I've addressed the "How do you go about writing a song?" question on numerous occasions, and honestly I don't feel I've ever been able to explain it very well... especially the crucial earliest phase of which chords get chosen, what key to use, what tempo to choose, what overall feel to impart. I have never, ever, sat down with my guitar or keyboard and tried to write a particular kind of song. Ever. I write what I'm feeling at that moment. Why is the first chord of this song a G? Because that's where my hand went when I grabbed the guitar. Why did I put a capo on the second fret? I don't know. I grabbed the capo and that's where it ended up. Why did I shift to an F# in the bridge? Look people: I don't know. My hand went there while I was playing. Wasn't I in control of my own hands? Yes... but not on a conscious level. To be artistic, you need to let go of part of your conscious control, which is not easy, and explains why most people are simply not capable of the creation of original music.

I did my usual routine, recording the song via my webcam and posting the video to YouTube, and then sending my friends the link. Both of them liked it (as they did the other tune), and Bunny asked if I had any idea as to what the song was about. I thought about it for a couple of minutes, and then responded with a quote from the iconic novella by Antoine de Saint-ExupĂ©ry, The Little Prince. The quote was, “It is such a mysterious place, the land of tears.” Well, Bunny reacted positively and dubbed the song "Land of Tears" at least as a working title.

On Sunday morning, I spent a short while seeing how the song might work with drums and keyboards and so on, but I think I ran out of creative steam, and didn't get very far. But that's okay; the important part of creating two potential new songs was accomplished, so I feel like I had a productive musical weekend. That's something I'll never complain about.

Saturday, May 16, 2015

Hesperia of Templemore (05.16.15)

The very first thing I noticed today when I arrived at Hesperia of Templemore was that I was not alone. Far from it. Instead of the mostly empty room that we musicians are usually greeted with when they're scheduled to be the first performer in a series of artists, I noted a number of avatars already there. And then, as things rezzed, I saw someone onstage. It was Mimi Carpenter! I was quite happy to unexpectedly find that a really enjoyable performer was already there; the last schedule I saw didn't show Mimi, and it's always a pleasure to hear her, and to have a small but happy built-in crowd before I got going.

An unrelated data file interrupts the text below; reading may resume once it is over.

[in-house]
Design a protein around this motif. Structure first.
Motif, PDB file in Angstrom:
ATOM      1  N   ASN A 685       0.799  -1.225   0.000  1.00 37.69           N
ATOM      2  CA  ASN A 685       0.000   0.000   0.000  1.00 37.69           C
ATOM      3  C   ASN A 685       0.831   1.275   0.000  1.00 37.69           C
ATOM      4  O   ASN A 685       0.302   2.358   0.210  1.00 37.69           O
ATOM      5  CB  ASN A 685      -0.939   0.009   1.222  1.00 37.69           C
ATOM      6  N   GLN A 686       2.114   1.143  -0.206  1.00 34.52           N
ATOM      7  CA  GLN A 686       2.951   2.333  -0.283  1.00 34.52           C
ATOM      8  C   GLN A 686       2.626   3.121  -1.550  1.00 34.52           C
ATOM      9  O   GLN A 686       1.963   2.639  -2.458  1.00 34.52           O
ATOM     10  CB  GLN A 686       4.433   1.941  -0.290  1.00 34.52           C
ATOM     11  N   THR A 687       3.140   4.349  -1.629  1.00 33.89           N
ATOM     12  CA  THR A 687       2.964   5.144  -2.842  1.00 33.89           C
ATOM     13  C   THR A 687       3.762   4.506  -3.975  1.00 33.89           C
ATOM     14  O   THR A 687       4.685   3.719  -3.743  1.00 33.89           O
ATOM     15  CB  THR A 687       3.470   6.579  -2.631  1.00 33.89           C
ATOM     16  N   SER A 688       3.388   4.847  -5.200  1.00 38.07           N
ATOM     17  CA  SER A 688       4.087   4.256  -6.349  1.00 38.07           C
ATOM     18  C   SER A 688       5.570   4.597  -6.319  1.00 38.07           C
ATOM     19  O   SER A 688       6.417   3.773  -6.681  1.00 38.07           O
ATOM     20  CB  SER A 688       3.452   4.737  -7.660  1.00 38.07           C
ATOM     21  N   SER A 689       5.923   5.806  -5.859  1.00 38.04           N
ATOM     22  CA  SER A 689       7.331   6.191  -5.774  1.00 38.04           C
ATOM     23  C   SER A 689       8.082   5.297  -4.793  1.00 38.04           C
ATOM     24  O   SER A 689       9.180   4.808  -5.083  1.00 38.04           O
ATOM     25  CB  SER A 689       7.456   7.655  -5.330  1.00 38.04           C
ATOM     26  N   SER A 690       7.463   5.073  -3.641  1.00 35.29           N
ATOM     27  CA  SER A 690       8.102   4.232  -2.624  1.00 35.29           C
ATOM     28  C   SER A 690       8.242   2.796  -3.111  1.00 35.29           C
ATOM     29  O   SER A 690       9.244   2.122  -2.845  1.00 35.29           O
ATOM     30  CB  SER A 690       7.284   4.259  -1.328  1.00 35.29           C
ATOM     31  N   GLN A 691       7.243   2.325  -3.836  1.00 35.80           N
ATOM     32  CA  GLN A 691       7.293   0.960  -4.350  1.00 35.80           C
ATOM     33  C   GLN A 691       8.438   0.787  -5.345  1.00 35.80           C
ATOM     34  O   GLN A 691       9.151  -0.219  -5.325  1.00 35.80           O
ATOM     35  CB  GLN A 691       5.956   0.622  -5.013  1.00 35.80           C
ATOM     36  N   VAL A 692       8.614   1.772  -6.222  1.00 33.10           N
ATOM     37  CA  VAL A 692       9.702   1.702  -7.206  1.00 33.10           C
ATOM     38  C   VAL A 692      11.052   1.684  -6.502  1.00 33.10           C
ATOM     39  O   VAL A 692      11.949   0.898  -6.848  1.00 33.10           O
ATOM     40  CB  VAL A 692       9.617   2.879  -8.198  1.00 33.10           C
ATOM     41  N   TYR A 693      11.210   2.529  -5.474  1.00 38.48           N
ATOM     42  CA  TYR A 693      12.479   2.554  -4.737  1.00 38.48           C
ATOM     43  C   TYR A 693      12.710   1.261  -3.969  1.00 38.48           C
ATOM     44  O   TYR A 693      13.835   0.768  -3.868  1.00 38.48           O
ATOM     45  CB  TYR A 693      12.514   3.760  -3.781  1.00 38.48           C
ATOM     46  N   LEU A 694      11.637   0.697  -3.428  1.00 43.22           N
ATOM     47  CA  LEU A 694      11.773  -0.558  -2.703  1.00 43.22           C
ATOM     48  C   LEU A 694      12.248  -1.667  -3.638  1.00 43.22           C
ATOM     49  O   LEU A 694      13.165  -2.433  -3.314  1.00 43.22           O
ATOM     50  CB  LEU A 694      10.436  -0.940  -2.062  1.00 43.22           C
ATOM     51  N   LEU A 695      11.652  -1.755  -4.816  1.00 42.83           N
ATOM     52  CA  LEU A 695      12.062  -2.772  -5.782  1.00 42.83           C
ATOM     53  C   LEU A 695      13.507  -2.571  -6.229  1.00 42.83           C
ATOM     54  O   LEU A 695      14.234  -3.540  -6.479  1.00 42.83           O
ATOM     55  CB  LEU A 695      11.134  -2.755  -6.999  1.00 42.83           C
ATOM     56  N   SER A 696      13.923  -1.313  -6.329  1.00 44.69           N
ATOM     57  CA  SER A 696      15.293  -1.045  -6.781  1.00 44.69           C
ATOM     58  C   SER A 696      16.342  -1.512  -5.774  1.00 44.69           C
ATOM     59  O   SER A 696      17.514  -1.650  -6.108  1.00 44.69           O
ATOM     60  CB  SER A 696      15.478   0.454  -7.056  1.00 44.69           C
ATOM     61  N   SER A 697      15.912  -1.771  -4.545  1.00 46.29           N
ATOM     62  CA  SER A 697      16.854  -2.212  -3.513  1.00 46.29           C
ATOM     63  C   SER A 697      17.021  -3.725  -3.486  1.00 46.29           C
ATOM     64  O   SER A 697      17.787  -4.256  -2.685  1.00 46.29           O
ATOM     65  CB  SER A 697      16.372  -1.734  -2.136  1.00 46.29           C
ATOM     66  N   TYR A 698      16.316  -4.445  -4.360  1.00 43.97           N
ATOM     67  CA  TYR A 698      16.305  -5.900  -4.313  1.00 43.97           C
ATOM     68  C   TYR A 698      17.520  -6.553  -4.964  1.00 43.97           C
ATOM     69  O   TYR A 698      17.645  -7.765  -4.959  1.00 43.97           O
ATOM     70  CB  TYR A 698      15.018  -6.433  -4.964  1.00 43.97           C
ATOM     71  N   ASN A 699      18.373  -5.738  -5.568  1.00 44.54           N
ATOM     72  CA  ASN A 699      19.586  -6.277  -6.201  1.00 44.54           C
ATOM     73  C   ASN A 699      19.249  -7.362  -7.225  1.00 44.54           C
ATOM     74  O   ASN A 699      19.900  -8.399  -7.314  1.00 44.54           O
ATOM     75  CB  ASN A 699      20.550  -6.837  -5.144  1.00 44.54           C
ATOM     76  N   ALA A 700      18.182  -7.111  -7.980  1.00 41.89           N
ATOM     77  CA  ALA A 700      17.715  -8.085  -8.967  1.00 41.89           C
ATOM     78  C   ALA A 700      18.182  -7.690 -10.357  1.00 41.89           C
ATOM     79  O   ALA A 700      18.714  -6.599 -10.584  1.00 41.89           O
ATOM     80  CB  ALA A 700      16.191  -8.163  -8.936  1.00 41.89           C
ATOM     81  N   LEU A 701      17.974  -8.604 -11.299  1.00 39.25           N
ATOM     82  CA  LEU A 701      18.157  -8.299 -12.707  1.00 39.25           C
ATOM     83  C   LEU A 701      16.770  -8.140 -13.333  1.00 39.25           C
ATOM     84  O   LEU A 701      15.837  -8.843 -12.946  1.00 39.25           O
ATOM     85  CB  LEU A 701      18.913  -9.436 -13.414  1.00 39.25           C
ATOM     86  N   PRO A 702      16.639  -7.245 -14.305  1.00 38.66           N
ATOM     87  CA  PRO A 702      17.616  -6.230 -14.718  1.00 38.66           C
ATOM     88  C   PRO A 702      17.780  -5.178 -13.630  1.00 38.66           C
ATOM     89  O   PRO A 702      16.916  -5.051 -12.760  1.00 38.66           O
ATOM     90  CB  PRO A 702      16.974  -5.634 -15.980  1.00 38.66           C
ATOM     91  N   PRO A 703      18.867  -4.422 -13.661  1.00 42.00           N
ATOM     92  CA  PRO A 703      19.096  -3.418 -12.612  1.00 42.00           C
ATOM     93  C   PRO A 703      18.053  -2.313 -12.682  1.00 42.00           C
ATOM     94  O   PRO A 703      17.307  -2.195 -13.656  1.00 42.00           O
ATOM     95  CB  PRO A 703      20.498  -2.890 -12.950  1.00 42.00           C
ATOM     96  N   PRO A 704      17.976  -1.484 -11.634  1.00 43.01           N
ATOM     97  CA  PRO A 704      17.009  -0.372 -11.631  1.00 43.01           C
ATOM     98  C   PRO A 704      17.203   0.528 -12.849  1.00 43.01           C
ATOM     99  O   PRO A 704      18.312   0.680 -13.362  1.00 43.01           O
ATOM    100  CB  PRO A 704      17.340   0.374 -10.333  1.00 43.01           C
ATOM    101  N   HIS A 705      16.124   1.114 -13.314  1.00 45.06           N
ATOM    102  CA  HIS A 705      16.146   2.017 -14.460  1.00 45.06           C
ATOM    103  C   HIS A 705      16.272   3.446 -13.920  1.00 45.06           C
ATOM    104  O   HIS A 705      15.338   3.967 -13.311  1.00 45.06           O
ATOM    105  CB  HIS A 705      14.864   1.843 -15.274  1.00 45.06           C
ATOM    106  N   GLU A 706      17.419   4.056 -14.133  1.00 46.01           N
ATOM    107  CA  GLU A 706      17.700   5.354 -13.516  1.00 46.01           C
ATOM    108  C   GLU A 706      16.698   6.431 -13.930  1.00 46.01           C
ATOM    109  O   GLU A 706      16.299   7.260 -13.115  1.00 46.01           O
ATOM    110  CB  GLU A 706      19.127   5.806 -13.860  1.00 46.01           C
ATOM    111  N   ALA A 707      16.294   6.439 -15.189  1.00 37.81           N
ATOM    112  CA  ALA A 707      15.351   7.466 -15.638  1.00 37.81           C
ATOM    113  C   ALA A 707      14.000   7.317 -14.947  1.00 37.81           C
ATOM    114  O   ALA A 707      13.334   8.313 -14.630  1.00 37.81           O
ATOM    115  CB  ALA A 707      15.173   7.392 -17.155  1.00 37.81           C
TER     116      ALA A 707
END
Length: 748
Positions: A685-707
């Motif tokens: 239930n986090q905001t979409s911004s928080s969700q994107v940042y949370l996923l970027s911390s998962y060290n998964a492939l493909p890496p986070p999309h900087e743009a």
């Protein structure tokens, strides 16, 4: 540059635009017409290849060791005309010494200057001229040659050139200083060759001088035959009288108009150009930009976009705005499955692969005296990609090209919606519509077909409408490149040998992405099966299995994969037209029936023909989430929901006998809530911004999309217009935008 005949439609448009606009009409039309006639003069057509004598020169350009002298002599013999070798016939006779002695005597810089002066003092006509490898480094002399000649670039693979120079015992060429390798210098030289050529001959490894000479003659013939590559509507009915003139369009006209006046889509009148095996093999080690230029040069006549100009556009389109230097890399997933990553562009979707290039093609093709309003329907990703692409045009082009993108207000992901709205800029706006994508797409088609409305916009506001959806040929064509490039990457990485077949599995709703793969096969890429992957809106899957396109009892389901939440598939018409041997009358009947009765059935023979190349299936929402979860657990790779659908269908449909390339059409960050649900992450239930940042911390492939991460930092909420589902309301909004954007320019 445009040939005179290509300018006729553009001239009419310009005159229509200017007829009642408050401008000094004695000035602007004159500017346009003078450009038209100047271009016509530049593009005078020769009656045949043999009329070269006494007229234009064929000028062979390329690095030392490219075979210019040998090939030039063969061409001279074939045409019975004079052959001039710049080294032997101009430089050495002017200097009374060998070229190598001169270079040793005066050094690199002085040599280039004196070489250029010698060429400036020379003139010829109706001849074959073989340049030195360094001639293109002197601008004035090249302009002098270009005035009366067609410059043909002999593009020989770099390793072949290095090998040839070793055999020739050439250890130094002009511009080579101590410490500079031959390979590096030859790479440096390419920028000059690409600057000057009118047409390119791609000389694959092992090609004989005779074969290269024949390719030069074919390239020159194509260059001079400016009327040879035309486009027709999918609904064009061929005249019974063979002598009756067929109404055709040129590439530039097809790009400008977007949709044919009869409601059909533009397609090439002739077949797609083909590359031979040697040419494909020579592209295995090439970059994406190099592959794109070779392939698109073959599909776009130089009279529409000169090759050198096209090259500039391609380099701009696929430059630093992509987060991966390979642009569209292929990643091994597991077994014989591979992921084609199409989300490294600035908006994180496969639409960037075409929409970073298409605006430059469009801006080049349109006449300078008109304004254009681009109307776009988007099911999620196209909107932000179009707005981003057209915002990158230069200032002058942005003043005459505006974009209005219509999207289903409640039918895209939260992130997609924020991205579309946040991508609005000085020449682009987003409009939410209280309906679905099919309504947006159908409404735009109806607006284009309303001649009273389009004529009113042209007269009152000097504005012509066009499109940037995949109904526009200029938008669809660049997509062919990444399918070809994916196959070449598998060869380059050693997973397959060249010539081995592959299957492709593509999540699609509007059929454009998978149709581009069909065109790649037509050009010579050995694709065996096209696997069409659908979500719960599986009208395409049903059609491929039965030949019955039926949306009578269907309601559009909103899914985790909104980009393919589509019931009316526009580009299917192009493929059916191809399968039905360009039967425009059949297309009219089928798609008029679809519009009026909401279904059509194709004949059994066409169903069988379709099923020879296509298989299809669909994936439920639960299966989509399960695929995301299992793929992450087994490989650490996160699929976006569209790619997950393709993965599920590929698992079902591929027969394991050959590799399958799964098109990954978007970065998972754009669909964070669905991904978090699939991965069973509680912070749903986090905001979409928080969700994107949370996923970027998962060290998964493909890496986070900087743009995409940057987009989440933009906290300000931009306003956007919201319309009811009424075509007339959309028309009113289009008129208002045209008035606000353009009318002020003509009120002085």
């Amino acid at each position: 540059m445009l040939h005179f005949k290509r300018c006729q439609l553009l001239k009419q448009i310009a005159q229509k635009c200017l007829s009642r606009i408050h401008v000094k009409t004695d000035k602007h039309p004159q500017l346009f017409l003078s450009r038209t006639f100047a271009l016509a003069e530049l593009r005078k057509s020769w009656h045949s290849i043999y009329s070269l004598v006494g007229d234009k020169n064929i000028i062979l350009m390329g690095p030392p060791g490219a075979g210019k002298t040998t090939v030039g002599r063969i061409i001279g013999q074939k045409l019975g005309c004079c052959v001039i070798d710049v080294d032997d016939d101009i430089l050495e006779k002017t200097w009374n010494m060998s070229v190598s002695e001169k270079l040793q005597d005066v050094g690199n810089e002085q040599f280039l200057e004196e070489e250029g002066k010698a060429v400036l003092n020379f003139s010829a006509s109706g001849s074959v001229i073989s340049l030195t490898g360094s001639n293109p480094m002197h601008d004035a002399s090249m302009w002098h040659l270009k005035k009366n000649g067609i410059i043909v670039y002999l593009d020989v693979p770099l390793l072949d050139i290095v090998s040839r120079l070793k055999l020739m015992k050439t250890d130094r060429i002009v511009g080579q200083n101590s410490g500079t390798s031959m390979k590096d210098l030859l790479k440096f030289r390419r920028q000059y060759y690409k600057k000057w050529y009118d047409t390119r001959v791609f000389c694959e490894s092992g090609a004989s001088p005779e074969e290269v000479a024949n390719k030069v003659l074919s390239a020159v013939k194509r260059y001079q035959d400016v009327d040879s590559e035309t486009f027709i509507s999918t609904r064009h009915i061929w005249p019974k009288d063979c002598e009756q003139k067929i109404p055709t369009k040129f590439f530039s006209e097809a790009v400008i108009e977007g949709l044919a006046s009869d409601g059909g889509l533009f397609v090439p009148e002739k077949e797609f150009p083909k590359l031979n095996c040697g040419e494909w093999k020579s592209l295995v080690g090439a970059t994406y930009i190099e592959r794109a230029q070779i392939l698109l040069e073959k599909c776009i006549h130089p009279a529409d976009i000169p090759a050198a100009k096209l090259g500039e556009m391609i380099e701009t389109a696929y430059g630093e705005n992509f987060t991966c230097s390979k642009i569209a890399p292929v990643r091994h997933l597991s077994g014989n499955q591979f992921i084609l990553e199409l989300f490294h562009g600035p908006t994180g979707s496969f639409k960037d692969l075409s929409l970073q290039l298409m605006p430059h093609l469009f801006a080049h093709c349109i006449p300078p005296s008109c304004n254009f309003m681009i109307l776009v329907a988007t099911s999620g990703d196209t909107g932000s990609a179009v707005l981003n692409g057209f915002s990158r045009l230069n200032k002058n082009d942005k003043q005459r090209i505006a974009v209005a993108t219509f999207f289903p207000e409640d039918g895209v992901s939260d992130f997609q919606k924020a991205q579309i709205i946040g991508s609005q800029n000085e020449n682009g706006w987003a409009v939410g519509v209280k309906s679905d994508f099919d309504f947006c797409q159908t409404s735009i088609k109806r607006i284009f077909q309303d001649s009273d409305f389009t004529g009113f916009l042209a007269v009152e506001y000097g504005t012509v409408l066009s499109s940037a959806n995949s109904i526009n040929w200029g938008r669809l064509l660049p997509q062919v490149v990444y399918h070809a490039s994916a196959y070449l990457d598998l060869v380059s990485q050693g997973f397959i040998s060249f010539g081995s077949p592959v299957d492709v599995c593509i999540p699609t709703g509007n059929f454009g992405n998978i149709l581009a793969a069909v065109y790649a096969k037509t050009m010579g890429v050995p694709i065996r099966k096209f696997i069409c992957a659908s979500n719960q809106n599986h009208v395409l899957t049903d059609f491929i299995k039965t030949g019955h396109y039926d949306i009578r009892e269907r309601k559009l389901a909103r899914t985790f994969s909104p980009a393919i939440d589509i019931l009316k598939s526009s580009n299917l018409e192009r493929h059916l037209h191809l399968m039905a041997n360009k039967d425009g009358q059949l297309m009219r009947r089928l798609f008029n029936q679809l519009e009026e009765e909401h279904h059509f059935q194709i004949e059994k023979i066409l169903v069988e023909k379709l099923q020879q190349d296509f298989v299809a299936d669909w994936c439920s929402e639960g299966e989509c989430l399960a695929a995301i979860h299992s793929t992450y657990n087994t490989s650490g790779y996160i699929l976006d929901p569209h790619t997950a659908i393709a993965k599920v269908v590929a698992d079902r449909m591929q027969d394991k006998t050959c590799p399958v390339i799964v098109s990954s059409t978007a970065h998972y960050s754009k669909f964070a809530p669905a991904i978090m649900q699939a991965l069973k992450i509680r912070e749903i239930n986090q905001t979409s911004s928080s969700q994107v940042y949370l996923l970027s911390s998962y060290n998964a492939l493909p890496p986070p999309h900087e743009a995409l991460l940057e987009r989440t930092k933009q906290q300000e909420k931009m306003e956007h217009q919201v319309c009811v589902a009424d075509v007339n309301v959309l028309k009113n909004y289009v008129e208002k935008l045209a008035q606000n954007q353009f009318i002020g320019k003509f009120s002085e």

A few notes about my show. First, I did a Simon and Garfunkel tune that I can't imagine why I didn't do previously. It's a great tune and it went really well. Second, I once again devoted a couple of songs to the music of my band, They Stole My Crayon. Those went well too. In fact, I think the whole show was pretty smooth. Temple more is great on several levels... first of all, the incredibly creative stage spaces they have there so that I never feel like I've played the same venue twice. Probably more important is that it's run by people I consider close friends (like Luis Lockjaw and Sassy Nitely), and the resulting mood is always fantastic. Speaking of Sassy, she had the slot after me, and was totally killing her set which I'd have stayed around for longer had SL not booted my ass out unexpectedly. Ah well. It was fun while it lasted.

What's going on here? Well, today's Templemore stage theme was kind of an evil circus tent. And of course, with two open trapezes behind me, leave it to Sassy and Luis to jump on and turn my show into even more of a circus than usual. Love them both. Photo and top photo courtesy of Thea Dee.

I suppose every clown needs some acrobats. Photo by Thea Dee.

Templemore set list...
On a Plain (Nirvana)
California (Joni Mitchell)
*America (Simon and Garfunkel)
Waking Light (Beck)
Blew The Dust Away (They Stole My Crayon)
Pink Moon (Nick Drake)
A Day In The Life (Beatles)
Always Tomorrow (Zak Claxton)
Everybody Knows This Is Nowhere (Neil Young)
What I Got (Sublime)
Carry Me Here and There (They Stole My Crayon)
Swing Lo Magellan (Dirty Projectors)
Shame Chamber (Kurt Vile)

*Indicates the first time I've performed this song in SL.

Huge thanks to all who came out to my show today, especially the following who helped support it!
Mimi Carpenter, Blindboy Gumbo, Diana Renoir, Aurelie Chenaux, TheaDee Resident, my lovely manager Maali Beck, and Templemore's Bee Blackrain, Sassy Nitely, and Luis Lockjaw!